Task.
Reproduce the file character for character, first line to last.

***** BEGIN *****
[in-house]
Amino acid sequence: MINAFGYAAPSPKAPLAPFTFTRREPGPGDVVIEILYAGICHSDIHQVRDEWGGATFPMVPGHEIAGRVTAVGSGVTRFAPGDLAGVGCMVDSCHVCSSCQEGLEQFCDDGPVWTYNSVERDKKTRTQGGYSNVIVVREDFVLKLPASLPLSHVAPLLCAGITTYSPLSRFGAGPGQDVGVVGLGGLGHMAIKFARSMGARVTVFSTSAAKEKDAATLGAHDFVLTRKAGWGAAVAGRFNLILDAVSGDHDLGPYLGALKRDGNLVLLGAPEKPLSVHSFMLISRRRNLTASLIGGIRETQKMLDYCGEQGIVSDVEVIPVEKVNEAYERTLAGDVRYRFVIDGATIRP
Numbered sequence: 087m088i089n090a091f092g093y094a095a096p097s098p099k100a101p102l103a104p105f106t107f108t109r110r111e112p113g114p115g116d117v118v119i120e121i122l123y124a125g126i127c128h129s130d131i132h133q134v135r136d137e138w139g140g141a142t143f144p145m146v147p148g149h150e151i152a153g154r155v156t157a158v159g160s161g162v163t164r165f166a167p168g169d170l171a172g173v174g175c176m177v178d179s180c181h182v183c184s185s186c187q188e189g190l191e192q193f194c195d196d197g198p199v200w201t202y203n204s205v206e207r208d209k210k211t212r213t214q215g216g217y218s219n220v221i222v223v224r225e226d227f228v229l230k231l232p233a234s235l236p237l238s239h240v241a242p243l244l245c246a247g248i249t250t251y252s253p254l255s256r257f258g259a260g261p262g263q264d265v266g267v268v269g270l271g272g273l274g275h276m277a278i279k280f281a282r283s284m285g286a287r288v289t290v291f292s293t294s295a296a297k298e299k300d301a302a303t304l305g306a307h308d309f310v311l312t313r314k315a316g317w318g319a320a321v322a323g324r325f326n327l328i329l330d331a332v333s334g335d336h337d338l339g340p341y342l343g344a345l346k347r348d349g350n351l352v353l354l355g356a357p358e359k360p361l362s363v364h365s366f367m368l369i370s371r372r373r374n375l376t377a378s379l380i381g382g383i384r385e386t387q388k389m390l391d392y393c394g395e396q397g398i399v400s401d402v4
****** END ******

[in-house]
Amino acid sequence: MINAFGYAAPSPKAPLAPFTFTRREPGPGDVVIEILYAGICHSDIHQVRDEWGGATFPMVPGHEIAGRVTAVGSGVTRFAPGDLAGVGCMVDSCHVCSSCQEGLEQFCDDGPVWTYNSVERDKKTRTQGGYSNVIVVREDFVLKLPASLPLSHVAPLLCAGITTYSPLSRFGAGPGQDVGVVGLGGLGHMAIKFARSMGARVTVFSTSAAKEKDAATLGAHDFVLTRKAGWGAAVAGRFNLILDAVSGDHDLGPYLGALKRDGNLVLLGAPEKPLSVHSFMLISRRRNLTASLIGGIRETQKMLDYCGEQGIVSDVEVIPVEKVNEAYERTLAGDVRYRFVIDGATIRP
Numbered sequence: 087m088i089n090a091f092g093y094a095a096p097s098p099k100a101p102l103a104p105f106t107f108t109r110r111e112p113g114p115g116d117v118v119i120e121i122l123y124a125g126i127c128h129s130d131i132h133q134v135r136d137e138w139g140g141a142t143f144p145m146v147p148g149h150e151i152a153g154r155v156t157a158v159g160s161g162v163t164r165f166a167p168g169d170l171a172g173v174g175c176m177v178d179s180c181h182v183c184s185s186c187q188e189g190l191e192q193f194c195d196d197g198p199v200w201t202y203n204s205v206e207r208d209k210k211t212r213t214q215g216g217y218s219n220v221i222v223v224r225e226d227f228v229l230k231l232p233a234s235l236p237l238s239h240v241a242p243l244l245c246a247g248i249t250t251y252s253p254l255s256r257f258g259a260g261p262g263q264d265v266g267v268v269g270l271g272g273l274g275h276m277a278i279k280f281a282r283s284m285g286a287r288v289t290v291f292s293t294s295a296a297k298e299k300d301a302a303t304l305g306a307h308d309f310v311l312t313r314k315a316g317w318g319a320a321v322a323g324r325f326n327l328i329l330d331a332v333s334g335d336h337d338l339g340p341y342l343g344a345l346k347r348d349g350n351l352v353l354l355g356a357p358e359k360p361l362s363v364h365s366f367m368l369i370s371r372r373r374n375l376t377a378s379l380i381g382g383i384r385e386t387q388k389m390l391d392y393c394g395e396q397g398i399v400s401d402v4